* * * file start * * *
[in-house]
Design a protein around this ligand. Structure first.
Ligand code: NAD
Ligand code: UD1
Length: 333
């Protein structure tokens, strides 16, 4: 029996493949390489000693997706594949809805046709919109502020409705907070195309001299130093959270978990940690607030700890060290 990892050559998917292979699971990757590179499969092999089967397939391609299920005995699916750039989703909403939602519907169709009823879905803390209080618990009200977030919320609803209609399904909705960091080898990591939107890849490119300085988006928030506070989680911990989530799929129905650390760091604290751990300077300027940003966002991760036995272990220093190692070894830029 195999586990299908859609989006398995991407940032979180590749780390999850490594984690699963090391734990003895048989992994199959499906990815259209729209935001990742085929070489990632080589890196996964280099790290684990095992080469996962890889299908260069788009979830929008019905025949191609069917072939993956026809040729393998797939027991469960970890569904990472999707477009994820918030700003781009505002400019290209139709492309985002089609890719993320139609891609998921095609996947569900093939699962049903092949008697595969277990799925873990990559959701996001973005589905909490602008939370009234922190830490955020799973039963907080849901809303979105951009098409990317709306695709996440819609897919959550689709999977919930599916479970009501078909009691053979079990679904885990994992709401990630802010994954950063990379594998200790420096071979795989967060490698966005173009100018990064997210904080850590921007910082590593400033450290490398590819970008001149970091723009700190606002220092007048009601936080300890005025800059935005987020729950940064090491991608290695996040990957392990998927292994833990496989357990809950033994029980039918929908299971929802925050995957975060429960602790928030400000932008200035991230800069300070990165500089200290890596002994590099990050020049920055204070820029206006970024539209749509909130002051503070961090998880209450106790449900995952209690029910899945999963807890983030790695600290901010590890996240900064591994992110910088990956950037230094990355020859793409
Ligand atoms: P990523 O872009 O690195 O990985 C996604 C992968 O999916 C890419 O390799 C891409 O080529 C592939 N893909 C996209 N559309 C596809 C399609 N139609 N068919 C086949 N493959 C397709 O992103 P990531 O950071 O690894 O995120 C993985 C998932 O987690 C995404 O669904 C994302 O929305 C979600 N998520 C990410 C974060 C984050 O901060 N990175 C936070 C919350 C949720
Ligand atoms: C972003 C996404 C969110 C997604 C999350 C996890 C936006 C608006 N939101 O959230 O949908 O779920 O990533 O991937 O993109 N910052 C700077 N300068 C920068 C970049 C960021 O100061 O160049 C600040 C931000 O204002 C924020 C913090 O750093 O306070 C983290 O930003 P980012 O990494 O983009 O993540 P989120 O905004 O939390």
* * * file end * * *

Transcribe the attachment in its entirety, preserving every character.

[in-house]
Design a protein around this ligand. Structure first.
Ligand code: NAD
Ligand code: UD1
Length: 333
């Protein structure tokens, strides 16, 4: 029996493949390489000693997706594949809805046709919109502020409705907070195309001299130093959270978990940690607030700890060290 990892050559998917292979699971990757590179499969092999089967397939391609299920005995699916750039989703909403939602519907169709009823879905803390209080618990009200977030919320609803209609399904909705960091080898990591939107890849490119300085988006928030506070989680911990989530799929129905650390760091604290751990300077300027940003966002991760036995272990220093190692070894830029 195999586990299908859609989006398995991407940032979180590749780390999850490594984690699963090391734990003895048989992994199959499906990815259209729209935001990742085929070489990632080589890196996964280099790290684990095992080469996962890889299908260069788009979830929008019905025949191609069917072939993956026809040729393998797939027991469960970890569904990472999707477009994820918030700003781009505002400019290209139709492309985002089609890719993320139609891609998921095609996947569900093939699962049903092949008697595969277990799925873990990559959701996001973005589905909490602008939370009234922190830490955020799973039963907080849901809303979105951009098409990317709306695709996440819609897919959550689709999977919930599916479970009501078909009691053979079990679904885990994992709401990630802010994954950063990379594998200790420096071979795989967060490698966005173009100018990064997210904080850590921007910082590593400033450290490398590819970008001149970091723009700190606002220092007048009601936080300890005025800059935005987020729950940064090491991608290695996040990957392990998927292994833990496989357990809950033994029980039918929908299971929802925050995957975060429960602790928030400000932008200035991230800069300070990165500089200290890596002994590099990050020049920055204070820029206006970024539209749509909130002051503070961090998880209450106790449900995952209690029910899945999963807890983030790695600290901010590890996240900064591994992110910088990956950037230094990355020859793409
Ligand atoms: P990523 O872009 O690195 O990985 C996604 C992968 O999916 C890419 O390799 C891409 O080529 C592939 N893909 C996209 N559309 C596809 C399609 N139609 N068919 C086949 N493959 C397709 O992103 P990531 O950071 O690894 O995120 C993985 C998932 O987690 C995404 O669904 C994302 O929305 C979600 N998520 C990410 C974060 C984050 O901060 N990175 C936070 C919350 C949720
Ligand atoms: C972003 C996404 C969110 C997604 C999350 C996890 C936006 C608006 N939101 O959230 O949908 O779920 O990533 O991937 O993109 N910052 C700077 N300068 C920068 C970049 C960021 O100061 O160049 C600040 C931000 O204002 C924020 C913090 O750093 O306070 C983290 O930003 P980012 O990494 O983009 O993540 P989120 O905004 O939390």